General election suggestion: Spinning the Rubik’s cube again is not going to solve the puzzle

Rubiks cube by keqs

This morning, Theresa May is holding an extended “political cabinet”. That is usually an indicator that the cabinet is considering initiating a general election. The meeting will start with a review of polling. I only hope that May either decides not to hold a GE or that parliament don’t support it. It will solve nothing whatsoever except to give false hope of a solution to the Brexit conundrum. It would be like this: You spend hours trying to solve a Rubik’s cube, then come within a few squares of solving it but, in frustration, you randomly spin the whole Rubik’s cube and set yourself back to the starting position. Nothing is solved.

After last night’s inconclusive indicative votes, I was in despair over Brexit. On here, it’s a bit controversial to say it, but the only thing left to do, for me, was to pray that a solution is found. We need to move on from this pointless subject and move on to the real problem of Climate Change. The sticky nude protesters yesterday had it right yesterday.

What was noticeable in the indicative votes is that none of the alternatives had substantial Tory votes behind them. There has to be a solution with a reasonable body of Tory votes for there to be a genuine consensus going forward.

The only solution that I can see is for a version of the Kyle/Wilson amendment which would allow for May’s proposal to be put to the people alongside a remain option. But I can’t see May supporting that in a hurry. She is far too inflexible – which is ridiculous. Hopefully, the cabinet will realise this morning that a general election would be a kamikaze exercise for the Tory party – and the country.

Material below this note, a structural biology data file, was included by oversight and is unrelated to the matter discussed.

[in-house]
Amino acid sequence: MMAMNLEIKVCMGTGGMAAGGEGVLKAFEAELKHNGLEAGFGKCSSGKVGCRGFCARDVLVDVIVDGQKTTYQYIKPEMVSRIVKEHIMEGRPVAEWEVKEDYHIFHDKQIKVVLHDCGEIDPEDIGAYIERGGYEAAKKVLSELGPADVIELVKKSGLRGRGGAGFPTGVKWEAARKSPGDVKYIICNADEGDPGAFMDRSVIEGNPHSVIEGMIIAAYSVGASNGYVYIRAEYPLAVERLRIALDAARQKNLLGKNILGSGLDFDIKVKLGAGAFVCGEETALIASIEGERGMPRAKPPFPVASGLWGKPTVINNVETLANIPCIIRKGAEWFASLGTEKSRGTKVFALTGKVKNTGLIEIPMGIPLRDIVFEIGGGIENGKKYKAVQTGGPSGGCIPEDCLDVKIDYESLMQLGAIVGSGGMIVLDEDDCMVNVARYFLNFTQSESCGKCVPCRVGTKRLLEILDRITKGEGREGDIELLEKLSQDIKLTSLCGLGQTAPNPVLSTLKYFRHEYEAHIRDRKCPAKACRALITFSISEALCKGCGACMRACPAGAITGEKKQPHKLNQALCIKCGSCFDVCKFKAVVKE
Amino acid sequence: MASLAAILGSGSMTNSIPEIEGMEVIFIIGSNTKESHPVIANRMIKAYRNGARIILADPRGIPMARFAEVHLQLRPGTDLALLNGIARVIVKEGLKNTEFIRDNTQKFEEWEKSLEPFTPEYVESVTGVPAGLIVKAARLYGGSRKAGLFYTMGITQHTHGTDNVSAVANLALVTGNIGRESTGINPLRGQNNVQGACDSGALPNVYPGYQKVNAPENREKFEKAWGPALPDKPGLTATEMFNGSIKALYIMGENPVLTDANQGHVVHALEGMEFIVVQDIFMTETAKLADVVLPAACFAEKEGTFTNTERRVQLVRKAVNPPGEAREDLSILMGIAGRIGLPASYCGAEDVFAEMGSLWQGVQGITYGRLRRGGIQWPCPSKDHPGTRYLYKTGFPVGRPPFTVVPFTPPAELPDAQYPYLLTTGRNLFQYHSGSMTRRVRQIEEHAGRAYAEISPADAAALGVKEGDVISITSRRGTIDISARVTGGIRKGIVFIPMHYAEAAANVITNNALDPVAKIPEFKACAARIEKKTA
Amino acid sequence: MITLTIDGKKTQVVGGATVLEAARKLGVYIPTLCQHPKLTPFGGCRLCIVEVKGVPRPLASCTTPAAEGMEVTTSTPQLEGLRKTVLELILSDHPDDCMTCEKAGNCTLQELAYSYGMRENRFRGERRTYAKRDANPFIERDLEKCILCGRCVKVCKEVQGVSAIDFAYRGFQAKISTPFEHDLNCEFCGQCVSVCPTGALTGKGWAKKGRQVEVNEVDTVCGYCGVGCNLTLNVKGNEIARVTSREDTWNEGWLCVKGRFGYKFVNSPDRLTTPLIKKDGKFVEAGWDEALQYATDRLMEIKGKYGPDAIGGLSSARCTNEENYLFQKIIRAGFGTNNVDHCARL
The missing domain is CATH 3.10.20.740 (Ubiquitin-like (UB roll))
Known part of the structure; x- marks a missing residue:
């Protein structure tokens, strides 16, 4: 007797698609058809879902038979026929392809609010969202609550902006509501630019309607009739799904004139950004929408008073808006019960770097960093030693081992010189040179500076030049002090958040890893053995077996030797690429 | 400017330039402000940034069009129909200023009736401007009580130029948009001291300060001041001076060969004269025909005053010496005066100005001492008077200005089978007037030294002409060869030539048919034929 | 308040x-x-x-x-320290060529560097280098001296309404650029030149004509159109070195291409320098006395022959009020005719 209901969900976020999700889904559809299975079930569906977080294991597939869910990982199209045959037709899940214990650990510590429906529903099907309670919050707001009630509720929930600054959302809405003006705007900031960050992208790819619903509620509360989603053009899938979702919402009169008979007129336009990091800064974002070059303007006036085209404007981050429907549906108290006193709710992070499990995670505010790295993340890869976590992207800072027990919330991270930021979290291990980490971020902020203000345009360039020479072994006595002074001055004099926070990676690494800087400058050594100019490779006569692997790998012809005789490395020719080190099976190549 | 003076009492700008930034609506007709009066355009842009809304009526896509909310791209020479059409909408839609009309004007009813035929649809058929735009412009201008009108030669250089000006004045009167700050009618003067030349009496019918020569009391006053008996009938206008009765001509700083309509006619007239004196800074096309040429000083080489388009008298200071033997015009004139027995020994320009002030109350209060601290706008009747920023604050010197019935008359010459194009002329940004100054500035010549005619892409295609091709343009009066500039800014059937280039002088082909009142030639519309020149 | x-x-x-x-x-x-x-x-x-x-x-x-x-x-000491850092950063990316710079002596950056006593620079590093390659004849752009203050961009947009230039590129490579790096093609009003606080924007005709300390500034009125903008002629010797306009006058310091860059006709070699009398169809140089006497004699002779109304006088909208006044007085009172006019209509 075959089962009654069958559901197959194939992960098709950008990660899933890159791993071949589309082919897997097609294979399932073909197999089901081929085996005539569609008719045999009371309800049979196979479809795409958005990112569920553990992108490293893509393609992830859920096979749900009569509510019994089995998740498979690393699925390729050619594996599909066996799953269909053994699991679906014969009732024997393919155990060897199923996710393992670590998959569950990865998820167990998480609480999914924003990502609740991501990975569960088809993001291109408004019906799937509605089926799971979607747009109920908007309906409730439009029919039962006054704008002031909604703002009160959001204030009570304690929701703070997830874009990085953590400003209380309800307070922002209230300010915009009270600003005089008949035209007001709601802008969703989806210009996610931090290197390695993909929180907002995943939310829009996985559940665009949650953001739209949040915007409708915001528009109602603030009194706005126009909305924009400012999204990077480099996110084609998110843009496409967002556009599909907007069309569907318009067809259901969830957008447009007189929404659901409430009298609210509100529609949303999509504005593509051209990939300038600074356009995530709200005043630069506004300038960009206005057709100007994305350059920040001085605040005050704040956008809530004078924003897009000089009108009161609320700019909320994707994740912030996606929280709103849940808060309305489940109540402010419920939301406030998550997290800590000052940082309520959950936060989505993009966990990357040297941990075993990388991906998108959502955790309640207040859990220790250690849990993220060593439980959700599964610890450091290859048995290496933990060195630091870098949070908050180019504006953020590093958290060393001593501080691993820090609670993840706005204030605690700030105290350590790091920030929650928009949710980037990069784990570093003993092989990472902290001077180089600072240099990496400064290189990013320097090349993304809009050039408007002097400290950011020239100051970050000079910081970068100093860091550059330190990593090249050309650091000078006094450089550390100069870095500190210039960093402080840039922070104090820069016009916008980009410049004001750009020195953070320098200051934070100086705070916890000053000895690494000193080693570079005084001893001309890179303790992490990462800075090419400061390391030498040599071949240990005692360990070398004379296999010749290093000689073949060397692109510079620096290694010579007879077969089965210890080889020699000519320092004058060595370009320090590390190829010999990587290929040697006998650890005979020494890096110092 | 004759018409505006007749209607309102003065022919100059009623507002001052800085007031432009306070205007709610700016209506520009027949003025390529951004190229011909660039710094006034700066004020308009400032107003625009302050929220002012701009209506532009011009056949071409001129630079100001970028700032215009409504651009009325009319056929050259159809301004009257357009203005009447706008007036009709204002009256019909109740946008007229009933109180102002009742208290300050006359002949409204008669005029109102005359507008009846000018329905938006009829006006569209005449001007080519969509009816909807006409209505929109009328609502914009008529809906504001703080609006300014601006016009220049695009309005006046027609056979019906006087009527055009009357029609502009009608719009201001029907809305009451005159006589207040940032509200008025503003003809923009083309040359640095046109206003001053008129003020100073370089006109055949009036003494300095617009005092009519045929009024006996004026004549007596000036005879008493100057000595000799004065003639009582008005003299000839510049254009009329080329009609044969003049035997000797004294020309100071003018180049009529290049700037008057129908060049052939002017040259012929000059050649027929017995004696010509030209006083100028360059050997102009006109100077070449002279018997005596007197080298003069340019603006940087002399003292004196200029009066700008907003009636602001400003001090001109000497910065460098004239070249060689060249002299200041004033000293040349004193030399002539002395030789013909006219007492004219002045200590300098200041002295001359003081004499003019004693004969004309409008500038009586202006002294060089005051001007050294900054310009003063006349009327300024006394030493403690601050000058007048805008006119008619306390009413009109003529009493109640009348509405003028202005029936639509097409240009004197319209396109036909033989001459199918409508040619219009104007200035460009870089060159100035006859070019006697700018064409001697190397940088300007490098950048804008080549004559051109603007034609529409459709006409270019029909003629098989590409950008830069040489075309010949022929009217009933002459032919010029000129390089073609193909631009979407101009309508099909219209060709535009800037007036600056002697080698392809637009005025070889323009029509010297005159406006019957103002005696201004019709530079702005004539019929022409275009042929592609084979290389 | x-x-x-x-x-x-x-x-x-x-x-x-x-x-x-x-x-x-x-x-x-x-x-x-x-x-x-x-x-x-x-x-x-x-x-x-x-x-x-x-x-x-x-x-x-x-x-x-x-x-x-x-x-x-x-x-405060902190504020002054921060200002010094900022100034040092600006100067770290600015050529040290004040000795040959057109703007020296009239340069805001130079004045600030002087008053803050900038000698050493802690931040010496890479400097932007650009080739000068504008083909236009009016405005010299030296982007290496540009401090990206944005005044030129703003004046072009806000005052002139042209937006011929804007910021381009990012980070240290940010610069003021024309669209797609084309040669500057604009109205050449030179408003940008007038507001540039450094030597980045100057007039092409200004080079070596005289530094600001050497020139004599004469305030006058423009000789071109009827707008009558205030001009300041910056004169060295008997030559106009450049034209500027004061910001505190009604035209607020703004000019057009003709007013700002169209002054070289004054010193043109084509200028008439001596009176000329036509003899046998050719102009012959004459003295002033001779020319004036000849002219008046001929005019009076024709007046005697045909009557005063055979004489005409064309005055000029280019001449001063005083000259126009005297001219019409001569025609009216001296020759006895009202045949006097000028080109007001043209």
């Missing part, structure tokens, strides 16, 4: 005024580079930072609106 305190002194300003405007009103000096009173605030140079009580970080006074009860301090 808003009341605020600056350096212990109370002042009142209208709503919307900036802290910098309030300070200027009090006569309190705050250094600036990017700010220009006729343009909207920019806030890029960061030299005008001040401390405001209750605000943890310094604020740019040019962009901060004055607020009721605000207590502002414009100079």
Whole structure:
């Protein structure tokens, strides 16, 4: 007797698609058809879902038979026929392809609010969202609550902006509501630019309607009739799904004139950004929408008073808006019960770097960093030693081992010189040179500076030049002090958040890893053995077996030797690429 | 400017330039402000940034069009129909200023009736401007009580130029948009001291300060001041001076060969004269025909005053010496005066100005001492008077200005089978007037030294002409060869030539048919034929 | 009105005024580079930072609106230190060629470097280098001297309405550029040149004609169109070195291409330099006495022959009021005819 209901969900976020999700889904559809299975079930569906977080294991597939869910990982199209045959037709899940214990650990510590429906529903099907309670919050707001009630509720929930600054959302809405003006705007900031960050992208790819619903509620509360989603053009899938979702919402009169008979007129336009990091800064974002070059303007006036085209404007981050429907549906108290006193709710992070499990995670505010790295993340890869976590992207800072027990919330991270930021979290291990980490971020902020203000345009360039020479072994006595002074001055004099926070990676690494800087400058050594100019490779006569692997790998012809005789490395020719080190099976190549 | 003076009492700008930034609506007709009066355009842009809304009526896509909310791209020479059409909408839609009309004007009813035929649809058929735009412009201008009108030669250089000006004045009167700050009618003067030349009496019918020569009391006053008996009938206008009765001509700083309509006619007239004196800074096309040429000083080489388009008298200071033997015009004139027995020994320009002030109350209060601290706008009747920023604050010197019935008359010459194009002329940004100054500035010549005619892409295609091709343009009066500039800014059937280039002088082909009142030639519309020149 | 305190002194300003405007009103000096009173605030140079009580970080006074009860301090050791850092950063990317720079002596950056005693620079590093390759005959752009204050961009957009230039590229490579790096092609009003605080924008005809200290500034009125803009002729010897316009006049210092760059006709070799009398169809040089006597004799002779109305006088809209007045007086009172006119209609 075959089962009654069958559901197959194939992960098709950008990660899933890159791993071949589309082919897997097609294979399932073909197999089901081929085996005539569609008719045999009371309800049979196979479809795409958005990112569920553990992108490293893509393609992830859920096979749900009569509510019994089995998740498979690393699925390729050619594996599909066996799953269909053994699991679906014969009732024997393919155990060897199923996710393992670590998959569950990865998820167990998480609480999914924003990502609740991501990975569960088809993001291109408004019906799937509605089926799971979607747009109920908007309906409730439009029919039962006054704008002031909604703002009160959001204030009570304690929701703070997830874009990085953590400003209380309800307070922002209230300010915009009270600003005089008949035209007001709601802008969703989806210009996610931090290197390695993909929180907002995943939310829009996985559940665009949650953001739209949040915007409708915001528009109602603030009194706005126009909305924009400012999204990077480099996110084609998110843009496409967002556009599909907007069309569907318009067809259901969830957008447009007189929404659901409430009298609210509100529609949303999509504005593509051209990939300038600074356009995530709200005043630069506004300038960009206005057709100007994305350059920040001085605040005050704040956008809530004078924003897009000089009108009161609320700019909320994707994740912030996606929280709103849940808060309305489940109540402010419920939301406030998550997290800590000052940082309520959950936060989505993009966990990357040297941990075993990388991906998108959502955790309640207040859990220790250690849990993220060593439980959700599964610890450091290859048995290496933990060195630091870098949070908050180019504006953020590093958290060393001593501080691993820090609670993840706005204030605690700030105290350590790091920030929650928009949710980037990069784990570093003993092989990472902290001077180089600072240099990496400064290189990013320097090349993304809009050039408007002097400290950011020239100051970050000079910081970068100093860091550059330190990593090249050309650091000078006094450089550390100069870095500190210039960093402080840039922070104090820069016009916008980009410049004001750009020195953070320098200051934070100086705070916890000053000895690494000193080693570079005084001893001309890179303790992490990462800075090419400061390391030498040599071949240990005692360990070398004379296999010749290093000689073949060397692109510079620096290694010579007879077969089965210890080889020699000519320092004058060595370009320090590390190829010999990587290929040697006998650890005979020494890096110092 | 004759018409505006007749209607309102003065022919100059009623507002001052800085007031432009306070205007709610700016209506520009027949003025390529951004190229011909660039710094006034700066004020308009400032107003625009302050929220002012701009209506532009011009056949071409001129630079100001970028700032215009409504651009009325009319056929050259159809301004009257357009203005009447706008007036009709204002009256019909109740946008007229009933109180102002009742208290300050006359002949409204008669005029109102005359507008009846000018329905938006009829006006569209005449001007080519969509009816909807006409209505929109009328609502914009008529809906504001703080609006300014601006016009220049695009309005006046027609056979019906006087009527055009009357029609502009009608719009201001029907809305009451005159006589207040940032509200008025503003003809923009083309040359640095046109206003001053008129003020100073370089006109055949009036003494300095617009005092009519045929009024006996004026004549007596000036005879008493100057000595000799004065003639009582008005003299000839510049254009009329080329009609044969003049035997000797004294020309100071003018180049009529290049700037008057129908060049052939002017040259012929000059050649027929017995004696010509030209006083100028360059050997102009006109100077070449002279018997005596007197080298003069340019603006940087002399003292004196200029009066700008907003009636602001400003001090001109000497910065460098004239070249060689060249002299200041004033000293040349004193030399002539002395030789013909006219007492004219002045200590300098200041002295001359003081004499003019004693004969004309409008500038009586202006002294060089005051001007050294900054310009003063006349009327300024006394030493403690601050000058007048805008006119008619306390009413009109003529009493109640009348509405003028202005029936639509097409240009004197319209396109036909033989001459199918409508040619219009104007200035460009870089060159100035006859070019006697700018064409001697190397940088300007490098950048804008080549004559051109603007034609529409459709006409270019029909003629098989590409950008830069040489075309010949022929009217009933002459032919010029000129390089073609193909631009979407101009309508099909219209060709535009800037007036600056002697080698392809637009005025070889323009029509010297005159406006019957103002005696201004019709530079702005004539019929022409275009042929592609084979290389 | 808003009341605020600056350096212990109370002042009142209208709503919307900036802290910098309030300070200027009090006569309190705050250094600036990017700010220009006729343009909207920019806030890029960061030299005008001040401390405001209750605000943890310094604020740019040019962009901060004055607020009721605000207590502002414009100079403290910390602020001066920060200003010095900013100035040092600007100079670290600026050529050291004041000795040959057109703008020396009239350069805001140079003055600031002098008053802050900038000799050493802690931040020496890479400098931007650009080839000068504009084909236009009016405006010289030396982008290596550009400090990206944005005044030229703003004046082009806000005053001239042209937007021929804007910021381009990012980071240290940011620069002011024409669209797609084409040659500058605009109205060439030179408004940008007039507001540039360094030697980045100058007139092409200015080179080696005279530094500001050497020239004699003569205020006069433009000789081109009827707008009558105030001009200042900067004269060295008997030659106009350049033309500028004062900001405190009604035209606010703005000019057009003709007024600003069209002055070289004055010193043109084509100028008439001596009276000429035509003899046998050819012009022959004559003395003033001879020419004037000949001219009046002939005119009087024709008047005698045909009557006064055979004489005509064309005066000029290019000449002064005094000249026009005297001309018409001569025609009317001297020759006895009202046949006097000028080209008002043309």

Leaving with no deal is inconceivable. It would be making a tragedy out of a crisis. A tragedy, that us, for the people who lose their jobs as a result of a “no deal” national bungee jump.

* Paul Walter is a Liberal Democrat activist and member of the Liberal Democrat Voice team. He blogs at Liberal Burblings.

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  • No use talking about ‘consensus’ or no deal being inconceivable if our very own MPs refuse to compromise. I joined the Lib Dems the day after the referendum to push for a soft Brexit, then maybe re-entering the EU at a later stage. Now, I’m not even sure I would bother voting.

  • You do know that bungee jumps are actually pretty safe. I think you were better off with the whole cliff edge leap into the dark type thing, metaphorically speaking.

  • Bungee jumping is only safe if you plan it Glen. If you rock up with a piece of elastic you havn’t checked or measured, tie it onto a small brush and jump over the edge of a bridge you have no idea how far above the ground it is, well safe it isn’t, bit like your Brexit. You all failed to plan and now nearly three years later you can’t explain what you want or how you will get it. Voting for the “Pig in the Poke” option really doesn’t reflect well on Brexiteers ( and Lexi we can’t forget about dear Lexi) now does it. Still I’m sure one of you will come up with a cunning plan, only joking no hope of that.

  • John Marriott 2nd Apr '19 - 9:31am

    Oh no. Not the frankie/ Glenn show again. Thank goodness I’m off to the states tomorrow (if the planes are still flying). Will we still have a Country when I get back a week on Thursday?

    The one thing about having a General Election would be that we would surely have to ask the EU for a long extension to Article 50 AND take part in EU Parliamentary Elections. That can is getting even more battered and that road doesn’t appear to be getting any shorter.

    On ‘Newsnight’ yesterday evening, Ann Widdecombe said that May was the worst PM since Anthony Eden, we had the worst Leader of the Opposition ever and the worst Parliament since Cromwell. It’s hard to disagree with her.

  • John I no longer respond to young Francis. So no show.